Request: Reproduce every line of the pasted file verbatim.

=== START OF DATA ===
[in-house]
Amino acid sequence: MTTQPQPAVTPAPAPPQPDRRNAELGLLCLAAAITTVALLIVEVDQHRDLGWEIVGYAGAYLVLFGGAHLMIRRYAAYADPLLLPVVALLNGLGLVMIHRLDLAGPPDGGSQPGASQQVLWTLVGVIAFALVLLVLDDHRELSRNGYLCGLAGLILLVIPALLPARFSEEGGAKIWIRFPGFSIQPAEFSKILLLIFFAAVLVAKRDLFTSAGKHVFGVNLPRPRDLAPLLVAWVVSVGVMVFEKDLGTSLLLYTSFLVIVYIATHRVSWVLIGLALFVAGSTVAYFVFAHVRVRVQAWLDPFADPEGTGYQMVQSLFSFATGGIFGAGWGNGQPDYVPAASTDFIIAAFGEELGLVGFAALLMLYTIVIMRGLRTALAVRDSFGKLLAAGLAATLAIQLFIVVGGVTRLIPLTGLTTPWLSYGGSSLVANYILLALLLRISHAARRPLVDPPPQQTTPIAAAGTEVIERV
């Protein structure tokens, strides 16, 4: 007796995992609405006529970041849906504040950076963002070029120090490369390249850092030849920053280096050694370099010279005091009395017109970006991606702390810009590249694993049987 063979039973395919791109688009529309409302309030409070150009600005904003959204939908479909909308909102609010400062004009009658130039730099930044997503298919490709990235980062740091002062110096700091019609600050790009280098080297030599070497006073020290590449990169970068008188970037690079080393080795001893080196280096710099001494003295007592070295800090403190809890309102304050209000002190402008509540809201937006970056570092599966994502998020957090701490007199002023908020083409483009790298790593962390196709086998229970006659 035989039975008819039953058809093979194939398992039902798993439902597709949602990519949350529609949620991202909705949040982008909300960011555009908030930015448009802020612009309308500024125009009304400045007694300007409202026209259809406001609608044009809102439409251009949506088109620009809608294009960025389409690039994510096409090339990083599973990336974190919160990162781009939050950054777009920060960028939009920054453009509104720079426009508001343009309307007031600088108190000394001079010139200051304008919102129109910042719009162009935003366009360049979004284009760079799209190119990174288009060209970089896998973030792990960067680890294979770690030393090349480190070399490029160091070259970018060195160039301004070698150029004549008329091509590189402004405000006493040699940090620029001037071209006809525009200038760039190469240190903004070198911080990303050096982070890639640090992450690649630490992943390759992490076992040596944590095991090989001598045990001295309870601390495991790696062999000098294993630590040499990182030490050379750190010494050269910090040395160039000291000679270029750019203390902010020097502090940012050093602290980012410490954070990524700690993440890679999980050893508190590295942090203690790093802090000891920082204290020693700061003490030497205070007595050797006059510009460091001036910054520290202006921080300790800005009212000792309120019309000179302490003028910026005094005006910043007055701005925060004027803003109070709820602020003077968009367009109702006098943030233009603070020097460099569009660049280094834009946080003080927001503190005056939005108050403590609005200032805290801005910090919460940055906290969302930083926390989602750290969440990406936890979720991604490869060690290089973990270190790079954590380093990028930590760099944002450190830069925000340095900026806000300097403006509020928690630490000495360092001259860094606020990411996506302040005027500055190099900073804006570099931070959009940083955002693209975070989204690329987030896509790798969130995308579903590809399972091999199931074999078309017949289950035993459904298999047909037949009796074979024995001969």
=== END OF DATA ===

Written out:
[in-house]
Amino acid sequence: MTTQPQPAVTPAPAPPQPDRRNAELGLLCLAAAITTVALLIVEVDQHRDLGWEIVGYAGAYLVLFGGAHLMIRRYAAYADPLLLPVVALLNGLGLVMIHRLDLAGPPDGGSQPGASQQVLWTLVGVIAFALVLLVLDDHRELSRNGYLCGLAGLILLVIPALLPARFSEEGGAKIWIRFPGFSIQPAEFSKILLLIFFAAVLVAKRDLFTSAGKHVFGVNLPRPRDLAPLLVAWVVSVGVMVFEKDLGTSLLLYTSFLVIVYIATHRVSWVLIGLALFVAGSTVAYFVFAHVRVRVQAWLDPFADPEGTGYQMVQSLFSFATGGIFGAGWGNGQPDYVPAASTDFIIAAFGEELGLVGFAALLMLYTIVIMRGLRTALAVRDSFGKLLAAGLAATLAIQLFIVVGGVTRLIPLTGLTTPWLSYGGSSLVANYILLALLLRISHAARRPLVDPPPQQTTPIAAAGTEVIERV
């Protein structure tokens, strides 16, 4: 007796995992609405006529970041849906504040950076963002070029120090490369390249850092030849920053280096050694370099010279005091009395017109970006991606702390810009590249694993049987 063979039973395919791109688009529309409302309030409070150009600005904003959204939908479909909308909102609010400062004009009658130039730099930044997503298919490709990235980062740091002062110096700091019609600050790009280098080297030599070497006073020290590449990169970068008188970037690079080393080795001893080196280096710099001494003295007592070295800090403190809890309102304050209000002190402008509540809201937006970056570092599966994502998020957090701490007199002023908020083409483009790298790593962390196709086998229970006659 035989039975008819039953058809093979194939398992039902798993439902597709949602990519949350529609949620991202909705949040982008909300960011555009908030930015448009802020612009309308500024125009009304400045007694300007409202026209259809406001609608044009809102439409251009949506088109620009809608294009960025389409690039994510096409090339990083599973990336974190919160990162781009939050950054777009920060960028939009920054453009509104720079426009508001343009309307007031600088108190000394001079010139200051304008919102129109910042719009162009935003366009360049979004284009760079799209190119990174288009060209970089896998973030792990960067680890294979770690030393090349480190070399490029160091070259970018060195160039301004070698150029004549008329091509590189402004405000006493040699940090620029001037071209006809525009200038760039190469240190903004070198911080990303050096982070890639640090992450690649630490992943390759992490076992040596944590095991090989001598045990001295309870601390495991790696062999000098294993630590040499990182030490050379750190010494050269910090040395160039000291000679270029750019203390902010020097502090940012050093602290980012410490954070990524700690993440890679999980050893508190590295942090203690790093802090000891920082204290020693700061003490030497205070007595050797006059510009460091001036910054520290202006921080300790800005009212000792309120019309000179302490003028910026005094005006910043007055701005925060004027803003109070709820602020003077968009367009109702006098943030233009603070020097460099569009660049280094834009946080003080927001503190005056939005108050403590609005200032805290801005910090919460940055906290969302930083926390989602750290969440990406936890979720991604490869060690290089973990270190790079954590380093990028930590760099944002450190830069925000340095900026806000300097403006509020928690630490000495360092001259860094606020990411996506302040005027500055190099900073804006570099931070959009940083955002693209975070989204690329987030896509790798969130995308579903590809399972091999199931074999078309017949289950035993459904298999047909037949009796074979024995001969």